Three locals setting their 'own bar,' ready to participate in Special Olympics World Games in L.A.

Alicia Gogue was a wide-eyed 8-year-old when she rode her first two-wheeler. One minute, her father was trotting beside her, steadying the bicycle. The next, she was pedaling solo through her quiet neighborhood in Odenton..

"I didn't realize I was alone until I turned my head," said Gogue, who was born with Down syndrome. "It was like I had wings on my back. I thought, 'I can do it!'"


Now 31 and an accomplished cyclist, she'll compete in the 2015 Special Olympics World Games, which begin Saturday in Los Angeles. More than 7,000 athletes from 177 countries are entered in 25 sports, including Gogue, one of three area residents who will participate.

"I'm thrilled to go there," said Gogue, who sent her bike, which she calls "Trek," ahead to L.A. "I want to see new faces, meet new friends and take a lot of pictures with my smartphone."


She'll take part in several events, including the five-kilometer (about three-mile) road race in Long Beach.

"I know it will be very hot and I'll get sweaty, but I am really tough," Gogue said. "It doesn't matter if I win or not, because I'm always a winner at heart."

Gogue's parents will be there rooting her on. When they learned their daughter had Down syndrome, her father, Alex Gogue, said, "we decided we would do whatever it took to help her grow and not restrict her from anything. Alicia skis, swims, bowls and roller blades. She has a black belt in Tae Kwon Do. She has her own laptop and iPad, and she tweets."

Alicia Gogue attended Arundel High and both Anne Arundel Community College and Community College of Baltimore County, and now works as a teacher's aide at the School of the Incarnation in Gambrills. To prepare for the World Games, she rode 10 miles each weekend with her dad along leafy bike trails in Glen Burnie.

"I try to stay as strong as possible and not let anyone put me down, no matter what," she said.

All her life, she has embraced her father's maxim: "The word 'handicap' is for golfers and bowlers, not for people with disabilities."

Early on, Alex Gogue determined that his daughter would ride a bike. She fell often.

"It was a struggle because of the balancing," he said. "One day, after an hour of helping her, my hands came off of the bike. At first, I didn't realize I'd let go, but she didn't fall. When I caught up, Alicia had this big smile, like it was one moment in life when she had control of herself.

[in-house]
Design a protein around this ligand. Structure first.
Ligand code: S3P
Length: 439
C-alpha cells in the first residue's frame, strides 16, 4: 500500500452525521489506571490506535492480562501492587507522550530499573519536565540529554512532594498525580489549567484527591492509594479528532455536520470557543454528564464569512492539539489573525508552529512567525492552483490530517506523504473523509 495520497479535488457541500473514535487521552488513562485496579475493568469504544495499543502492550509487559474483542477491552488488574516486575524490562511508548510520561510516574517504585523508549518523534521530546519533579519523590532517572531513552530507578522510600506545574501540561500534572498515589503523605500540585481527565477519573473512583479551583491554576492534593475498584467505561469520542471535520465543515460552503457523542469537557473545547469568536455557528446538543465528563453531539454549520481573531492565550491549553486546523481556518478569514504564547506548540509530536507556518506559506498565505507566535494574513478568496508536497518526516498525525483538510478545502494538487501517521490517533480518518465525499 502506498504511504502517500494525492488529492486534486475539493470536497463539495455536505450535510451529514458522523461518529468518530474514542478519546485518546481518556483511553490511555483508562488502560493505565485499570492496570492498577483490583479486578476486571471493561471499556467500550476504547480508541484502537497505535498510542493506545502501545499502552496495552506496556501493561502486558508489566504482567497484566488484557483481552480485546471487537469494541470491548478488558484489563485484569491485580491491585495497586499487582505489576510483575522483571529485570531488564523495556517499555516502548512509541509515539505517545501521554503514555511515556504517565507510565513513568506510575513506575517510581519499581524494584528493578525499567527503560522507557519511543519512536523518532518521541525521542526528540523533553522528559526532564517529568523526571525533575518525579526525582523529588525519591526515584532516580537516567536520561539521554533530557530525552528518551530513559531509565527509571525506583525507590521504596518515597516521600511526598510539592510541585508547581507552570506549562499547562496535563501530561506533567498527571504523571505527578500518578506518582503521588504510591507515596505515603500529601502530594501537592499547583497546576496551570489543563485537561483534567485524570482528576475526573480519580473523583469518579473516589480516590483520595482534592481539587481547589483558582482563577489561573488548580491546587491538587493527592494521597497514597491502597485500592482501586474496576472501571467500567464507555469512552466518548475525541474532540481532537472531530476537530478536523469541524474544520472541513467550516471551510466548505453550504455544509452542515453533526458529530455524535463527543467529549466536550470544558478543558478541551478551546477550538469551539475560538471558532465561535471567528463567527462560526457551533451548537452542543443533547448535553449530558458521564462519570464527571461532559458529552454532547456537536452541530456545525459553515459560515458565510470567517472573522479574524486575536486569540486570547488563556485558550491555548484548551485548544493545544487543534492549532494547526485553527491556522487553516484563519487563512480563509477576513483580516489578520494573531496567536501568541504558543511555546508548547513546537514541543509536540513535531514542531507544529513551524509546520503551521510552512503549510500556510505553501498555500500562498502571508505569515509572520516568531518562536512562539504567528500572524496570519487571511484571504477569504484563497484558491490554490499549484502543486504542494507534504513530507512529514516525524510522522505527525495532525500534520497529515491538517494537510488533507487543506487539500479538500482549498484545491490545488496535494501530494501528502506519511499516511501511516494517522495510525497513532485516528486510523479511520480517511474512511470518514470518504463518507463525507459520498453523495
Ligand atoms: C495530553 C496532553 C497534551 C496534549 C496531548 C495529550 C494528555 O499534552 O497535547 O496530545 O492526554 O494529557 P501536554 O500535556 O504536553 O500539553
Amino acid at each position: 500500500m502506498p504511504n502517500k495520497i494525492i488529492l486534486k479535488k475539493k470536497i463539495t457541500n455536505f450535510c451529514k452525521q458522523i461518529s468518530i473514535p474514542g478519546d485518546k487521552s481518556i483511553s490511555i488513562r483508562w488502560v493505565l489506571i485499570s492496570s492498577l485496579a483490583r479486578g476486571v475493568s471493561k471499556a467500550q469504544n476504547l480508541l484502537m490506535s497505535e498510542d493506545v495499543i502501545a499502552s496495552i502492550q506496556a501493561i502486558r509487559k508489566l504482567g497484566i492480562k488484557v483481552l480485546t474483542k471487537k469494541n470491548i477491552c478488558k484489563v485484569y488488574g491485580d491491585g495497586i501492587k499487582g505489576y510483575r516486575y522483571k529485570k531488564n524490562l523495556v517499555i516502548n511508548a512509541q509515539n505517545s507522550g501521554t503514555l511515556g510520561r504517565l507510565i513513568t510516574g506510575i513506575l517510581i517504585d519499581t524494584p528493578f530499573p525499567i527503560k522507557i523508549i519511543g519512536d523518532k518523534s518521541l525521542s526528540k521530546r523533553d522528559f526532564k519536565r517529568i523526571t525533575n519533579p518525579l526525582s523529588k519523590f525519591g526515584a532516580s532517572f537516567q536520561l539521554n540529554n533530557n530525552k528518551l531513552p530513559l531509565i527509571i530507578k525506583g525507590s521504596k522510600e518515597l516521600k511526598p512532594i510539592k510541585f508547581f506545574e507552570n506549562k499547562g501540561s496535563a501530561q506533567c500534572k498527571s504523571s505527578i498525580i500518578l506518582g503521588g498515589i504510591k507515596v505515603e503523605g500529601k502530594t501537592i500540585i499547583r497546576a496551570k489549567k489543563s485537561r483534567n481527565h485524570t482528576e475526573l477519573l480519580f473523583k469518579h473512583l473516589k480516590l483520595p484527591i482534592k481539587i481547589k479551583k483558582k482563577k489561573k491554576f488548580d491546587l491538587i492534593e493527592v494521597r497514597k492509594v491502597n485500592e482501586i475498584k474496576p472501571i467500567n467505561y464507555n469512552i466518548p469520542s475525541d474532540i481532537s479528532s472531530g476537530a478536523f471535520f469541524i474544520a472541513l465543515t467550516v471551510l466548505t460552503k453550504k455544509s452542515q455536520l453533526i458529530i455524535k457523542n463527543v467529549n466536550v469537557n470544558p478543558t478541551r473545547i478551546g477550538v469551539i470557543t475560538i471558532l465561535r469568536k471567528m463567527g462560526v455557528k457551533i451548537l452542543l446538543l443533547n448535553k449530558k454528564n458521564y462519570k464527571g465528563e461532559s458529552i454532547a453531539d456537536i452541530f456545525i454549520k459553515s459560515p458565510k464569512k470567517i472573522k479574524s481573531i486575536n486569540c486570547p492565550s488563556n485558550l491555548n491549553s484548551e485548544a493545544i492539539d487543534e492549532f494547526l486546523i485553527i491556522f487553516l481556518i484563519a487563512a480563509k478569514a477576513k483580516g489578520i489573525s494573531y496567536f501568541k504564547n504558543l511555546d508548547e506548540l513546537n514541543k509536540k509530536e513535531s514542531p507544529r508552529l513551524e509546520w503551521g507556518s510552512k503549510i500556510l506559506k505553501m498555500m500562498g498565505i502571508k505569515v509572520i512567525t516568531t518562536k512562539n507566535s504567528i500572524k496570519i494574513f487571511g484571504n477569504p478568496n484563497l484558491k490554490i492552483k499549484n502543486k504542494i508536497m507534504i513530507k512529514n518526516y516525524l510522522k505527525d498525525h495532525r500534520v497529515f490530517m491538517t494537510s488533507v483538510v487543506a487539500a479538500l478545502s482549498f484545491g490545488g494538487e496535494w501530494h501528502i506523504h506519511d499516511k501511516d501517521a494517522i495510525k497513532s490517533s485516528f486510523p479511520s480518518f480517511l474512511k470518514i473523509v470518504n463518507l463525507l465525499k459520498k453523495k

"I had tears in my eyes; it was one of the proudest moments I've ever had. Know how you feel when a baby learns to walk? I felt the same, only more so."

A quick study

Another World Games cyclist, 44-year-old Eddie Murphy of Grasonville (Queen Anne's County), is newer to the sport, having embraced it three years ago. But he learned quickly, said his sister, Alice Webb, who has overseen his care since their mother passed away about five years ago.

"Eddie had always been babied," Webb said of her brother, who at age 5, suffered irreversible brain damage from infection. Webb placed Murphy in a group home for the developmentally disabled around the time their mother died and encouraged him to take part in local Special Olympics events. He has won more than 70 medals in everything from bocce to basketball.

The World Games marks Murphy's first international go at competitive cycling. It's a concept he has been reluctant to adopt.

"We've been working with him, training him to go faster," said Webb, of Chester. "We're trying to get it into Eddie's head that he should want to beat those who are riding with him — but he usually goes at his own pace."


A man of few words, Murphy surprised racegoers last September at a cycling event at Dover (Del.) Air Force Base. Upon crossing the finish line, he flashed a broad smile and shouted, "Hey, hey, hey! It's Fat Albert!"

A month later, while in Indianapolis to train for the World Games, Murphy caused another stir.

"Somehow, in his hotel room, Eddie called room service and ordered himself a cheeseburger and a beer," his sister said. "How he did it, we don't know because he can't pick up a phone and dial a number."

Setting his own bar

When Ben Stevick was born with Down syndrome, a doctor told his parents, "The biggest mistake you can make is to set the bar too low for him."

Doris Stevick took the man at his word.


"OK," she told her husband, Dick. "We'll let Ben set his own bar."

Ben Stevick joined Cub Scouts, attended Mount St. Joseph and took to sports. To date, Stevick, 26, of Laurel, has medaled in six events in the Maryland Special Olympics: skiing, swimming, soccer, power lifting, track and field and equestrian. For the World Games, he'll saddle up for the dressage competition, decked out in a white shirt, black coat, white breeches and tall black riding boots.

"Horses like me and I like them," said Stevick, who has been riding for 15 years. "When I'm on them, I feel bigger, more important."

He'll guide his horse through its paces, doing figure eights and other maneuvers, before a watchful crowd including 10 family members. They'll all wear red-and-yellow T-shirts that show a crab on the front and read "GO BEN !!" on the back.

"When he's on a horse, Ben is confident, proud and enabled," his mother said. "He's so excited about these Games that every week at church, he told the priest he's going to the Special Olympics. We even had a speech therapist work with him on how to say the word 'equestrian.'"

He cleared that hurdle, too.